These little plastic clips attach to the door panel and then snap into holes in the door to hold the panel in place; they come with the door panels.
15 This is the back of the door panel with the supplied clips in place
This is the back of the door panel with the supplied clips in place.
16 The Flareside Ford Truck door panel snaps in place
The Flareside Ford Truck door panel snaps in place and the finger cups, window cranks, and door handles all install the opposite of the removal.
17 Our Custom model didnt come with lower carpeted door panels so we decided to add them
Our “Custom” model didn’t come with lower carpeted door panels, so we decided to add them. We installed them using Velcro (seen here).
18 You can see how the carpeted lower really finished off the inside door trim of the old truck
You can see how the carpeted lower really finished off the inside door trim of the old truck.
19 The first step was to lay out the LMC EVA Sound Deadener material to get any shipping wrinkles out it
It was now time for the floor. The first step was to lay out the LMC EVA Sound Deadener material to get any shipping wrinkles out it. This is an OE-type, 1/16-inch-thick Ethyl Vinyl Acetate (EVA), which is an asphalt-based material that will both dampen sound and insulate against both heat and cold.
20 We got a new rubber boot for the clutch cable
The floor was in pretty good shape with only a little surface rust that we coated with some rust preventative. We did find that the rubber boot for the clutch cable (or rod on a stock manual transmission truck) was shot and allowing noise, heat, and oil smells into the cab.
21 LMC Truck had the replacement boot in stock complete with new adjusting nuts
LMC Truck had the replacement boot in stock, complete with new adjusting nuts.
22 the LMC Truck boot slipped right in place
After unbolting the cable, the LMC Truck boot slipped right in place.
23 the shifter for the Tremec five speed transmission was removed
In order to make installation of the carpet and sound deadener products easier, the shifter for the Tremec five speed transmission was removed. You can see the cover plate where the old four-speed shifter was located.
24 With the shifter out of the way it will be much easier to work on the floor
With the shifter out of the way it will be much easier to work on the floor.
25 Next the seat needed to come out as the carpet goes all the way under the seat
Next the seat needed to come out as the carpet goes all the way under the seat. Removing six bolts and help from a friend were all that was needed to get the seat out.
26 With the seat out the seatbelts were next to remove using a 50 Torx bit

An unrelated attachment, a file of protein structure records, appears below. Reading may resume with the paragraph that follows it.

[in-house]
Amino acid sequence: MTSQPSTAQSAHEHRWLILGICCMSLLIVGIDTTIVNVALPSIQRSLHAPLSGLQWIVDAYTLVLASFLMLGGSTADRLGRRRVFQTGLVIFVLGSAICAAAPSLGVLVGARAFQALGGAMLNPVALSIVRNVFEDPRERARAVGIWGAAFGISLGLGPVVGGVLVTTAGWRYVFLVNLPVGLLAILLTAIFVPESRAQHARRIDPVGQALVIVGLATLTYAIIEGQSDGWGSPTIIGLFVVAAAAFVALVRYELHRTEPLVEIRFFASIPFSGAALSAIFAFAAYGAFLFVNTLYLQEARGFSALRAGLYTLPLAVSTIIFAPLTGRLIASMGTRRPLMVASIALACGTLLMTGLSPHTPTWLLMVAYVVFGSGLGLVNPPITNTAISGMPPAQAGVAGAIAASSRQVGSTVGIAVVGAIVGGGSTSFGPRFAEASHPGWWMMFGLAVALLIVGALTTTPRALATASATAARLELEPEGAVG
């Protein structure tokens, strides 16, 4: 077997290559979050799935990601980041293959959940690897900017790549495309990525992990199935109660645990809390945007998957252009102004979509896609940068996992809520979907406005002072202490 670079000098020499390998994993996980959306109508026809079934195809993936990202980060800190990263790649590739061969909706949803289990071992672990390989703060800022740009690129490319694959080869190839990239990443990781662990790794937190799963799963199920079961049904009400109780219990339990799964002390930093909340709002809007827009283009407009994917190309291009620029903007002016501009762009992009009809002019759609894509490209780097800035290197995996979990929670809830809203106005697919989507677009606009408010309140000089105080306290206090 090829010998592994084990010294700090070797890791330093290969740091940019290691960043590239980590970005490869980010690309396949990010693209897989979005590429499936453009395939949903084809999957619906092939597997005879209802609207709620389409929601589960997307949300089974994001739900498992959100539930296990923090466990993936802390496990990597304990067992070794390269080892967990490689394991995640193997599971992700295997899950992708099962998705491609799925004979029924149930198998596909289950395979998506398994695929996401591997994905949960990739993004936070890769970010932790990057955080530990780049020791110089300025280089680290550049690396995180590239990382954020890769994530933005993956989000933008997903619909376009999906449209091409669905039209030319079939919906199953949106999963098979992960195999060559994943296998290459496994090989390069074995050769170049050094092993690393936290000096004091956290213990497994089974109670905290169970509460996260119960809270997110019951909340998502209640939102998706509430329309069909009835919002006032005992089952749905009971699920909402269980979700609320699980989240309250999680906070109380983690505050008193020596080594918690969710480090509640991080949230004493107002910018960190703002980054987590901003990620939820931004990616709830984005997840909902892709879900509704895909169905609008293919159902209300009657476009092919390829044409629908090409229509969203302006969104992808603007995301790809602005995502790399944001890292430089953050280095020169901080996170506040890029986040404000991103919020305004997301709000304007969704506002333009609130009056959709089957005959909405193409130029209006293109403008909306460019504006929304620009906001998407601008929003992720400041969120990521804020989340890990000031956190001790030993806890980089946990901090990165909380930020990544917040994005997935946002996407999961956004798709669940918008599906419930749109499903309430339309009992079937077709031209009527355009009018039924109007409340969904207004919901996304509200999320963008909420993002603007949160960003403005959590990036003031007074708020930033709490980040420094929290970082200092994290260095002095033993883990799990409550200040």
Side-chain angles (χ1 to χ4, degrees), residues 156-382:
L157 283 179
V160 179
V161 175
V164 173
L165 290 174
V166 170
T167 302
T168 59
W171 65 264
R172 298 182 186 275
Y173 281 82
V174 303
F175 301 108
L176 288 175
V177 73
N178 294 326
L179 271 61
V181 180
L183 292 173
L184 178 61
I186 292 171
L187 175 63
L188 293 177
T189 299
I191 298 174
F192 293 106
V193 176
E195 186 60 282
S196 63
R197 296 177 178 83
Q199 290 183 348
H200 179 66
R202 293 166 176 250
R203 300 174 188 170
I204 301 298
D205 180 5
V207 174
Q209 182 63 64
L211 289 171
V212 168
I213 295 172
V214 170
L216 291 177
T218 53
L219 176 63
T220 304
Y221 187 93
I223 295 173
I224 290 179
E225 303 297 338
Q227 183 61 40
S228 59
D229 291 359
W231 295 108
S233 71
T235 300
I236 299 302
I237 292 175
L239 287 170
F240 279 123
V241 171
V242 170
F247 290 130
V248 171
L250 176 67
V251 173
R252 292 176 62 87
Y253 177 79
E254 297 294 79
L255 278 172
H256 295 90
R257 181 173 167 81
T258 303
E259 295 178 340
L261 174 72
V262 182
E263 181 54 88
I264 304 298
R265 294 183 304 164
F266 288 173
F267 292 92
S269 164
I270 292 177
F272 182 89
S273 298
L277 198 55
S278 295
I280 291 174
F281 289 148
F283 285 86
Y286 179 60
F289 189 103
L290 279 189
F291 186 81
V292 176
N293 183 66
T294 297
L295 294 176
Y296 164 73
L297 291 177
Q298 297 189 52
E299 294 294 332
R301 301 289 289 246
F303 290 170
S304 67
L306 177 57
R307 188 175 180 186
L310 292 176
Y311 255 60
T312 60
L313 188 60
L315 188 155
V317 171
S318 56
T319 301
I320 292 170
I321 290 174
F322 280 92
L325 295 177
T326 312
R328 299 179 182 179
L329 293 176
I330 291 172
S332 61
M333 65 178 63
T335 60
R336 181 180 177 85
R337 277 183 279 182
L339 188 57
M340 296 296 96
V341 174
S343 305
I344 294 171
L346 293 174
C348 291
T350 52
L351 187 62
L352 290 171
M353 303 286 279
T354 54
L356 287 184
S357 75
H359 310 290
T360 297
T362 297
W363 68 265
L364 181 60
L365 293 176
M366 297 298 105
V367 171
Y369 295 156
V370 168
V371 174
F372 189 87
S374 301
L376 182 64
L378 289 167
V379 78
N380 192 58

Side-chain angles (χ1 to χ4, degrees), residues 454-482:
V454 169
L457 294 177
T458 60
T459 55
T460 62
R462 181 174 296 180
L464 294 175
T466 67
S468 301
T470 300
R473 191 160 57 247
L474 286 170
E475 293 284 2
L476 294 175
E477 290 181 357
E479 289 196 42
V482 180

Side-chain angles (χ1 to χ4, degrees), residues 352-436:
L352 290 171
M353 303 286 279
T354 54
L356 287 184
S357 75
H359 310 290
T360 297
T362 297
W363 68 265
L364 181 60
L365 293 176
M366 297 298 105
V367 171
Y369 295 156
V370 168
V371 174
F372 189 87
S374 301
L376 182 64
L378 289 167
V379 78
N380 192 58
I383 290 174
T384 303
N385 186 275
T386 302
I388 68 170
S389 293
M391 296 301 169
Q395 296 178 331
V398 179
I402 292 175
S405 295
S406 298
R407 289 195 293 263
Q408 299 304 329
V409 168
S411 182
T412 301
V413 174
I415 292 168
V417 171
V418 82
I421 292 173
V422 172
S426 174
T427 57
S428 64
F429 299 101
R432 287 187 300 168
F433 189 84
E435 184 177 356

With the seat out, the seatbelts were next to remove using a #50 Torx bit.
27 After cleaning out the cab floor the EVA was laid in the approximate place
After cleaning out the cab floor, the EVA was laid in the approximate place.
28 We glued it in place using the LMC supplied Loctite MR 5416 All Purpose Spray Adhesive
Due to the high hump floor of this truck we decided it would be better to cut the material into pieces to install as it didn’t conform perfectly to our floor. We glued it in place using the LMC-supplied Loctite MR 5416 All Purpose Spray Adhesive.
29 You must cut holes in the material for the seat and seatbelt holes
You must cut holes in the material for the seat and seatbelt holes. I used a gasket punch for this.
30 Here is what it looks like with all the pieces of the EVA material glued in place
Here is what it looks like with all the pieces of the EVA material glued in place. I trimmed it around the transmission cover so that I could remove it in the future if transmission service is needed.
31 Next came the LMC Heat Shield Kit
Next came the LMC Heat Shield Kit. It is 1/4-inch thick and has 24-ounce needle punched jute padding on one side that insulates against heat and cold. The other side has two layers of fiber-reinforced aluminum foil reflecting up to 97 percent of radiant heat, which helps to keep you warm in the winter and cool in the summer. Installation was the same as the EVA and made for a great companion to really cut the noise and heat.
32 You can see that the carpet has its own heavy 36 ounce jute padding for more insulation
The carpet was laid next; the same way as the other materials and the first thing was to cut out the hole for the shifter. You can see that the carpet has its own heavy 36-ounce jute padding for more insulation.
33 After transferring the holes through the carpet we bolted the shifter seatbelts and original jack
After transferring the holes through the carpet, we bolted the shifter, seatbelts, and original jack parts all in place.
34 The carpet comes with this plastic ring for the dimmer switch
The carpet comes with this plastic ring for the dimmer switch. Cut a hole and the ring has a lip on both sides to hold it neatly in place.

 

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Sources
LMC Truck
(800) 562-8782
lmctruck.com

Vintage Air
(800) 862-6658
vintageair.com

Dakota Digital
(800) 852-3228
dakotadigital.com